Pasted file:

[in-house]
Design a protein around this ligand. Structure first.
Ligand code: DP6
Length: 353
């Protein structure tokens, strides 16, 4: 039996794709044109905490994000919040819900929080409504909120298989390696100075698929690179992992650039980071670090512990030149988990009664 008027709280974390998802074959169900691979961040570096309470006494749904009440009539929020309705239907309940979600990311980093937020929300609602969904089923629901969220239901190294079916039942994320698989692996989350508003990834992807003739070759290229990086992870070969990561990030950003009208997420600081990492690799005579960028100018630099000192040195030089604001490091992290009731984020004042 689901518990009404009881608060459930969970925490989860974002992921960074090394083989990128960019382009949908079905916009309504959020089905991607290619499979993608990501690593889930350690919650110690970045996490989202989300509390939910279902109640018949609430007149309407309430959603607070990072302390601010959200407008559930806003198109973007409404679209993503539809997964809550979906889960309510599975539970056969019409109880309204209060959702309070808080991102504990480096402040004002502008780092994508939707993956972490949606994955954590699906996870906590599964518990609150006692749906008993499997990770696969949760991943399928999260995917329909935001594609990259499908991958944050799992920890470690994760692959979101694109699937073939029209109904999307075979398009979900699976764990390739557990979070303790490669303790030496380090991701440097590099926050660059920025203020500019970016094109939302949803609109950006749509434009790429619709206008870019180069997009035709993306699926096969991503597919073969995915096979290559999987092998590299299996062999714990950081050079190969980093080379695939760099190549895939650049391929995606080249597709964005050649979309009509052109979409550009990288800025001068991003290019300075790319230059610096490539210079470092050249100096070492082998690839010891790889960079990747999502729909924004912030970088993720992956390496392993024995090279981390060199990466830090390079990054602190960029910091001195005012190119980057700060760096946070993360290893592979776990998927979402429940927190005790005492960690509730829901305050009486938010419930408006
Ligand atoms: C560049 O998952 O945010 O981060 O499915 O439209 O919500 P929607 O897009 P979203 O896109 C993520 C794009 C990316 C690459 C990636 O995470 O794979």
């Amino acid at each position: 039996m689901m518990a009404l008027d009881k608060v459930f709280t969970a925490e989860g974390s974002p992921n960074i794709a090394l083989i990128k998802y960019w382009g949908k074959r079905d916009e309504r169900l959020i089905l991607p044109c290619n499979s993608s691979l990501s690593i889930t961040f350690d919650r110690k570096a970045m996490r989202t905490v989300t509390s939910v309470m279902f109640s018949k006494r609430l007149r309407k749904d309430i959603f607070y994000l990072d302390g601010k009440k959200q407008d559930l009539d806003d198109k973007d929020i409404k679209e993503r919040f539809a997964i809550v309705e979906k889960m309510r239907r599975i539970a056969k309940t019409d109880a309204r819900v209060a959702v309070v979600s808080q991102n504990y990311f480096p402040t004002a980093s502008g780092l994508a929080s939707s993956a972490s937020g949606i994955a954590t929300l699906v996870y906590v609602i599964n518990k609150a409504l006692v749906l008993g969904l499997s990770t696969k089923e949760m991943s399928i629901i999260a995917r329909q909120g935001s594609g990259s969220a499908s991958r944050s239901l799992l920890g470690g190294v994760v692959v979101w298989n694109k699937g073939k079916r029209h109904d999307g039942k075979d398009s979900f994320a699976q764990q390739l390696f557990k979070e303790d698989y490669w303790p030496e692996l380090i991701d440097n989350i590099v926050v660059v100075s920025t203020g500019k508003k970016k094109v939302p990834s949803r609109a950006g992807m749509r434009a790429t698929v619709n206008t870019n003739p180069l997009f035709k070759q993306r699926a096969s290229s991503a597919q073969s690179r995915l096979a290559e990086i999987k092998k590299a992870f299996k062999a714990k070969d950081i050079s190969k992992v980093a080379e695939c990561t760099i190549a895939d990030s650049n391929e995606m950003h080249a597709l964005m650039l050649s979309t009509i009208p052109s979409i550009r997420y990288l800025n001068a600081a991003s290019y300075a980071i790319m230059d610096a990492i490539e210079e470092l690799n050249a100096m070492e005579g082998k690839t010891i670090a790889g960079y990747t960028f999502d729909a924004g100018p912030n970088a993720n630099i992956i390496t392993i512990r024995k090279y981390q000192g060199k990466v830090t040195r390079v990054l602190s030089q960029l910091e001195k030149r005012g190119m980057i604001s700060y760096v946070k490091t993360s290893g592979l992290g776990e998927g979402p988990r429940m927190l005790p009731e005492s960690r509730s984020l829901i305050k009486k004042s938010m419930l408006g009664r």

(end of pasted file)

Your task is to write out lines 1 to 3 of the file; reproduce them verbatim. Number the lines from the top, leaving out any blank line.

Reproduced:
[in-house]
Design a protein around this ligand. Structure first.
Ligand code: DP6